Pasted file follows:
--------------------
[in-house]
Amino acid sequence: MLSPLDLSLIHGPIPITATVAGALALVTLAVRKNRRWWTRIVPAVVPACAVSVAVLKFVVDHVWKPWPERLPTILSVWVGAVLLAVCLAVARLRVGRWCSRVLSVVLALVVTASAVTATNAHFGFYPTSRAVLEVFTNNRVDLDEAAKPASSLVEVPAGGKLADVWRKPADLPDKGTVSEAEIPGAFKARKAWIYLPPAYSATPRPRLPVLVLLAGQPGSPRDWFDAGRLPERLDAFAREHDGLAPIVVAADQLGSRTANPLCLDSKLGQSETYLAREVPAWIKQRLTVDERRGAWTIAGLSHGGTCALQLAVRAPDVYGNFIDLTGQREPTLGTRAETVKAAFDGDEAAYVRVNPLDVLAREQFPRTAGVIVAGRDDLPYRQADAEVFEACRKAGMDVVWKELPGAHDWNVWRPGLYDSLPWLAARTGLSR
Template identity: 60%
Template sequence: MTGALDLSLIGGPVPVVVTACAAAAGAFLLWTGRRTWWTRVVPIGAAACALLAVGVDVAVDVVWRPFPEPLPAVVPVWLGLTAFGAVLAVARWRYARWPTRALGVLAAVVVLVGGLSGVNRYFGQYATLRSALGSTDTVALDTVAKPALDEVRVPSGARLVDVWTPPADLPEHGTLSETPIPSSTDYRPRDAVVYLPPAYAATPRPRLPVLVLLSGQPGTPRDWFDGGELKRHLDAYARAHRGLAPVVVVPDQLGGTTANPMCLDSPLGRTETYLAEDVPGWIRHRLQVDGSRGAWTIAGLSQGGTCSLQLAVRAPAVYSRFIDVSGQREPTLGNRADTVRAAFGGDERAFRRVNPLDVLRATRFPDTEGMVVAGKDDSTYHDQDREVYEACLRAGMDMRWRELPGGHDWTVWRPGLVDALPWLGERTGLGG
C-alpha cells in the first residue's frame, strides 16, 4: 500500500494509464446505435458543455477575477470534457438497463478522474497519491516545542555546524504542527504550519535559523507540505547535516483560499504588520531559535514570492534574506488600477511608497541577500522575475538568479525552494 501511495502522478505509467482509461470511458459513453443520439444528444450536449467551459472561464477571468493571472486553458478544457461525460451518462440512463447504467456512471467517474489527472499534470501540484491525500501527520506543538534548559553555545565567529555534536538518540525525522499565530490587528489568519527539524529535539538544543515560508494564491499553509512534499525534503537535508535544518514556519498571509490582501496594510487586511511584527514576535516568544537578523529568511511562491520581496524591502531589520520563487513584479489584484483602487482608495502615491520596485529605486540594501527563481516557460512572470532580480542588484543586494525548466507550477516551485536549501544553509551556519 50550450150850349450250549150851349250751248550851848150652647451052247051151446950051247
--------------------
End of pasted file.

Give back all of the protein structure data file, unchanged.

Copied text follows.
[in-house]
Amino acid sequence: MLSPLDLSLIHGPIPITATVAGALALVTLAVRKNRRWWTRIVPAVVPACAVSVAVLKFVVDHVWKPWPERLPTILSVWVGAVLLAVCLAVARLRVGRWCSRVLSVVLALVVTASAVTATNAHFGFYPTSRAVLEVFTNNRVDLDEAAKPASSLVEVPAGGKLADVWRKPADLPDKGTVSEAEIPGAFKARKAWIYLPPAYSATPRPRLPVLVLLAGQPGSPRDWFDAGRLPERLDAFAREHDGLAPIVVAADQLGSRTANPLCLDSKLGQSETYLAREVPAWIKQRLTVDERRGAWTIAGLSHGGTCALQLAVRAPDVYGNFIDLTGQREPTLGTRAETVKAAFDGDEAAYVRVNPLDVLAREQFPRTAGVIVAGRDDLPYRQADAEVFEACRKAGMDVVWKELPGAHDWNVWRPGLYDSLPWLAARTGLSR
Template identity: 60%
Template sequence: MTGALDLSLIGGPVPVVVTACAAAAGAFLLWTGRRTWWTRVVPIGAAACALLAVGVDVAVDVVWRPFPEPLPAVVPVWLGLTAFGAVLAVARWRYARWPTRALGVLAAVVVLVGGLSGVNRYFGQYATLRSALGSTDTVALDTVAKPALDEVRVPSGARLVDVWTPPADLPEHGTLSETPIPSSTDYRPRDAVVYLPPAYAATPRPRLPVLVLLSGQPGTPRDWFDGGELKRHLDAYARAHRGLAPVVVVPDQLGGTTANPMCLDSPLGRTETYLAEDVPGWIRHRLQVDGSRGAWTIAGLSQGGTCSLQLAVRAPAVYSRFIDVSGQREPTLGNRADTVRAAFGGDERAFRRVNPLDVLRATRFPDTEGMVVAGKDDSTYHDQDREVYEACLRAGMDMRWRELPGGHDWTVWRPGLVDALPWLGERTGLGG
C-alpha cells in the first residue's frame, strides 16, 4: 500500500494509464446505435458543455477575477470534457438497463478522474497519491516545542555546524504542527504550519535559523507540505547535516483560499504588520531559535514570492534574506488600477511608497541577500522575475538568479525552494 501511495502522478505509467482509461470511458459513453443520439444528444450536449467551459472561464477571468493571472486553458478544457461525460451518462440512463447504467456512471467517474489527472499534470501540484491525500501527520506543538534548559553555545565567529555534536538518540525525522499565530490587528489568519527539524529535539538544543515560508494564491499553509512534499525534503537535508535544518514556519498571509490582501496594510487586511511584527514576535516568544537578523529568511511562491520581496524591502531589520520563487513584479489584484483602487482608495502615491520596485529605486540594501527563481516557460512572470532580480542588484543586494525548466507550477516551485536549501544553509551556519 50550450150850349450250549150851349250751248550851848150652647451052247051151446950051247